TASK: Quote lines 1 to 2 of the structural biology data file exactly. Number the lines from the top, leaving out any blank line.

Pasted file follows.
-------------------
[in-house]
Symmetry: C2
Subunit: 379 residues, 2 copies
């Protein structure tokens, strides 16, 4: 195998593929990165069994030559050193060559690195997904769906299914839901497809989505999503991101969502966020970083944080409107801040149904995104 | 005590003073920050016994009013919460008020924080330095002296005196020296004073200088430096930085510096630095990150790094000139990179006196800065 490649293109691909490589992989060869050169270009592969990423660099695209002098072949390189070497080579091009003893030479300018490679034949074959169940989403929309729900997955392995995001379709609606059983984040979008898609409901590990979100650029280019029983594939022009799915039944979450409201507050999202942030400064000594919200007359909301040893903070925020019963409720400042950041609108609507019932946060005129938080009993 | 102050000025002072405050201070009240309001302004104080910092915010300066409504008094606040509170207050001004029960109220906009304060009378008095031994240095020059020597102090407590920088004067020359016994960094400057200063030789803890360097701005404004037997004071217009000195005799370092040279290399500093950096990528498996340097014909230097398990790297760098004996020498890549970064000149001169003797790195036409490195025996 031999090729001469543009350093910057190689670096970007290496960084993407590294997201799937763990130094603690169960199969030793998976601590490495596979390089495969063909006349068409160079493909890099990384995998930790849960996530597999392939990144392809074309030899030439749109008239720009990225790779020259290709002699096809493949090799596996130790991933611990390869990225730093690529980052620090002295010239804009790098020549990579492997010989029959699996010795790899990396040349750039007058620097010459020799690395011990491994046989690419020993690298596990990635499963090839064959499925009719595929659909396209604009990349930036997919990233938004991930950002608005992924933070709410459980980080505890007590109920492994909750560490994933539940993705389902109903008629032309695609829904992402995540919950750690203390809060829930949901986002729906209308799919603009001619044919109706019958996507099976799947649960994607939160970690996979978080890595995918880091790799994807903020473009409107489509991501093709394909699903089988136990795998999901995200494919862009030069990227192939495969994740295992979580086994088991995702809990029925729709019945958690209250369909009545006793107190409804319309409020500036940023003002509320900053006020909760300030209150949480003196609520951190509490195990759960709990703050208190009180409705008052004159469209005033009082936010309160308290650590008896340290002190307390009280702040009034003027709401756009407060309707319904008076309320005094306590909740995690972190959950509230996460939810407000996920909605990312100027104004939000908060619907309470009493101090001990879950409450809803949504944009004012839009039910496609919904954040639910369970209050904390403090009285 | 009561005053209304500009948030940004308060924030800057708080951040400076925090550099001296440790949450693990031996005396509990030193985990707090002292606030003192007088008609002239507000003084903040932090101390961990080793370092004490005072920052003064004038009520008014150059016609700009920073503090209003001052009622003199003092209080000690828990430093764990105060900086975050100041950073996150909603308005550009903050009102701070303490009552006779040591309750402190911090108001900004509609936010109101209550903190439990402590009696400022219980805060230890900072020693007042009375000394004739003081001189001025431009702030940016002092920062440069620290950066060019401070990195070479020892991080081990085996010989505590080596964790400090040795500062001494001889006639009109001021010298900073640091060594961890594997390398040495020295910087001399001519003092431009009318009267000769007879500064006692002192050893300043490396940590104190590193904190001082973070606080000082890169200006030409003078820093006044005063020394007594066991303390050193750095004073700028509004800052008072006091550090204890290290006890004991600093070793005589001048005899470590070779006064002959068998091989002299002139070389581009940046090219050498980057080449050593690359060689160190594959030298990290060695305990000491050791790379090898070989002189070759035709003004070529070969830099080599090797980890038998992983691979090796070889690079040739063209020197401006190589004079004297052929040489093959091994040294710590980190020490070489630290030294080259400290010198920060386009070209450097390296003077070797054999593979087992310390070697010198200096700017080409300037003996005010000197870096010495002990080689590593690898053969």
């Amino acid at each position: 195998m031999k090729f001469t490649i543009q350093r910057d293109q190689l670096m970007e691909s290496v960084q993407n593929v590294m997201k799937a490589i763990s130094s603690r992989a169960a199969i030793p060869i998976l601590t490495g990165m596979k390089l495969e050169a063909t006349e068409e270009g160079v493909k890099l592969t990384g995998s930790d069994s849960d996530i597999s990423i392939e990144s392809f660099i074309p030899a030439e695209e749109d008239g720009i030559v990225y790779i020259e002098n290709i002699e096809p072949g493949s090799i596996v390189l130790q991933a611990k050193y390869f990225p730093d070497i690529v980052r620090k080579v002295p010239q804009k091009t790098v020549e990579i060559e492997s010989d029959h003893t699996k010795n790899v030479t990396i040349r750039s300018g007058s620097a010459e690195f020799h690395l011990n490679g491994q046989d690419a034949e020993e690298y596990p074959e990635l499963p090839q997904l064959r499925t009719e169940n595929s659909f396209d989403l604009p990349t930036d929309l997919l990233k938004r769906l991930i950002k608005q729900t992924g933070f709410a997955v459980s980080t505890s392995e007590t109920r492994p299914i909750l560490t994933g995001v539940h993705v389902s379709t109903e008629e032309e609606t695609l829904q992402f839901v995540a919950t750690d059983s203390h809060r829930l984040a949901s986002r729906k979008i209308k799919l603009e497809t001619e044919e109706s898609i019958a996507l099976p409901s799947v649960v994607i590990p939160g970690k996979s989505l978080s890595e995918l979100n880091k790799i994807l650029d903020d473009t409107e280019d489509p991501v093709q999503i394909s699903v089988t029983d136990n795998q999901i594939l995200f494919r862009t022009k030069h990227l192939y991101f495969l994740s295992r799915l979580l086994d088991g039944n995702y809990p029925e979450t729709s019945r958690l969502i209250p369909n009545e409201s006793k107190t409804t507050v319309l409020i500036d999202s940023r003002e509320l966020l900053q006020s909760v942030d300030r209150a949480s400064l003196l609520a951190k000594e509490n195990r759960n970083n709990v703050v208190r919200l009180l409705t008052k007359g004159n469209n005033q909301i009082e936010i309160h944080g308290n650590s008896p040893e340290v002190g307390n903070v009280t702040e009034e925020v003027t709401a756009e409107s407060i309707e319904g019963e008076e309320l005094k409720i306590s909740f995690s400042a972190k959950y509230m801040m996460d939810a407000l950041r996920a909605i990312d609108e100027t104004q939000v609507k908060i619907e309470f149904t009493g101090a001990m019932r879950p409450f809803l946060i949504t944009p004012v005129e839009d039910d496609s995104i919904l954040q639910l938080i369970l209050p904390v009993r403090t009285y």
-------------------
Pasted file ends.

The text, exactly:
[in-house]
Symmetry: C2